It is conclusively presumed that a child under 10 cannot commit a criminal offence (s 344 CYFA).
For young people under 14 to be found guilty of a criminal offence, the prosecution must prove they were aware of the serious wrongfulness of their action (R (a child) v Whitty  66 A Crim R 462). For a child of normal intelligence, proof of commission of a significantly serious act may of itself be enough to discharge the onus (R v ALH  VSCA 129).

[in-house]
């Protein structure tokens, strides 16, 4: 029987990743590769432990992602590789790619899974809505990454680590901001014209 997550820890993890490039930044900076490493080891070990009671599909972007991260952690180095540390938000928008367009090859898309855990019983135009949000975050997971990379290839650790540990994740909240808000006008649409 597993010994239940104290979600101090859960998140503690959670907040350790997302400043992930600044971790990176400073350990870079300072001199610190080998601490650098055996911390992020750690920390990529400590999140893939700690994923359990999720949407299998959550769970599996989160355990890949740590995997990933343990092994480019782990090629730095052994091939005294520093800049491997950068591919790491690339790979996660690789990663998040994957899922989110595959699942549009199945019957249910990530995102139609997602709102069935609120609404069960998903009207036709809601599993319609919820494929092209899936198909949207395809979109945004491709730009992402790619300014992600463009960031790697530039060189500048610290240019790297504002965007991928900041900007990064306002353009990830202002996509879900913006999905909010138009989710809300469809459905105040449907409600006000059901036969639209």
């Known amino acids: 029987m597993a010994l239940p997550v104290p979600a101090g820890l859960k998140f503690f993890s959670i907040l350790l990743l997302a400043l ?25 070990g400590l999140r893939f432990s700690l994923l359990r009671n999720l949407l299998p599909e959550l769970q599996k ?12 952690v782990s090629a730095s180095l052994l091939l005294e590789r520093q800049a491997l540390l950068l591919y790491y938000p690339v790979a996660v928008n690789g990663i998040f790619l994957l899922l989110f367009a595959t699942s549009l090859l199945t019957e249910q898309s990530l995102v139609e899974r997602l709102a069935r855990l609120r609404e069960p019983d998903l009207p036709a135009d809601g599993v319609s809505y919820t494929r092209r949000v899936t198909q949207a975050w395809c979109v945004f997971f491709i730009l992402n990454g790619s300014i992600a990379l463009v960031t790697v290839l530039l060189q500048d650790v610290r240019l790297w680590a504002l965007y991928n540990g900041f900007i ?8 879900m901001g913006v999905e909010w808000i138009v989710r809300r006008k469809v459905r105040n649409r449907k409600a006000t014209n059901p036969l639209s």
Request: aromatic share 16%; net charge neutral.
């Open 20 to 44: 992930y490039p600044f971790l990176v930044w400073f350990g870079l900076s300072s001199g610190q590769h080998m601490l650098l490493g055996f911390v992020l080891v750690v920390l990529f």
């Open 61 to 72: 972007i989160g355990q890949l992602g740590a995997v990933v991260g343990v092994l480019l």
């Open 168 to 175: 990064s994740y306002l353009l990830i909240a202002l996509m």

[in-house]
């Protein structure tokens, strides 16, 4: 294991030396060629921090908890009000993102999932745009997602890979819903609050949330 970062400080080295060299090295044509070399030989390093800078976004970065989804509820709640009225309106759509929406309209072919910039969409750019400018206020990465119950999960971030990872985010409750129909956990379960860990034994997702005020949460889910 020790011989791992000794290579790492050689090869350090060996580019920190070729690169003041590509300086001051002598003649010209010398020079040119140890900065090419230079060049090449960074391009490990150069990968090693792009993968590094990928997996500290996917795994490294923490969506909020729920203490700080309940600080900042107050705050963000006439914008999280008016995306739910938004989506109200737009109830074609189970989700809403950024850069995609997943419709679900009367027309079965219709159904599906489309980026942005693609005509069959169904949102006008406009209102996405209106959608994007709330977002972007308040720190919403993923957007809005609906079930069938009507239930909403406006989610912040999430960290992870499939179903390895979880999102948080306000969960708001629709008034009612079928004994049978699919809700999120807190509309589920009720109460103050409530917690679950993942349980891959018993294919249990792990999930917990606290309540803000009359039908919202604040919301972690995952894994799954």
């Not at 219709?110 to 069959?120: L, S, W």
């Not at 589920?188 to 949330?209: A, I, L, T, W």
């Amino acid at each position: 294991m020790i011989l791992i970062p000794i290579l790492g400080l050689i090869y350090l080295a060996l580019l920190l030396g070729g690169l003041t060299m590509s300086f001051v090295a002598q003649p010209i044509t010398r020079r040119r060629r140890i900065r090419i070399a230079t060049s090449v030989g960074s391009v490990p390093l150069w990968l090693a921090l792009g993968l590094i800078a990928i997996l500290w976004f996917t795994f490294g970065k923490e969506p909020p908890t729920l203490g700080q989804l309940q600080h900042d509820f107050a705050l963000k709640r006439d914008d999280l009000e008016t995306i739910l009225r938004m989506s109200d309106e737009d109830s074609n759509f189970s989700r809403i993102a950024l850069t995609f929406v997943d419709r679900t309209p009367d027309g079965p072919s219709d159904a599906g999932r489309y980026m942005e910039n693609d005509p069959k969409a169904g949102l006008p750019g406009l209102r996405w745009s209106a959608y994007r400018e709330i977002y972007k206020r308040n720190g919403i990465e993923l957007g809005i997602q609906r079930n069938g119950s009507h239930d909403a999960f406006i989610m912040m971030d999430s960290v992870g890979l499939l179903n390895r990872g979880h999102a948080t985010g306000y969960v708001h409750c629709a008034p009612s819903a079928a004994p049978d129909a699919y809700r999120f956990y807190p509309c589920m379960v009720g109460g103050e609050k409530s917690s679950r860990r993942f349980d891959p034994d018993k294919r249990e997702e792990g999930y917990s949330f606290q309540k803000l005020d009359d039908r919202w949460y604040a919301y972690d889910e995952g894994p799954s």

A child over the age of 14 is regarded as having the same knowledge of wrongfulness as an adult, and ignorance of the law is not an excuse for any offence. Unless charged with killing someone, a person under 18 at the time of the alleged commission of the offence, and who is still under 19 when the case goes to court, will go to a Children’s Court. For discussion of the operation of the Children’s Court, see The Children’s Court. See also sections relating to children in Arrest, search, interrogation and your rights.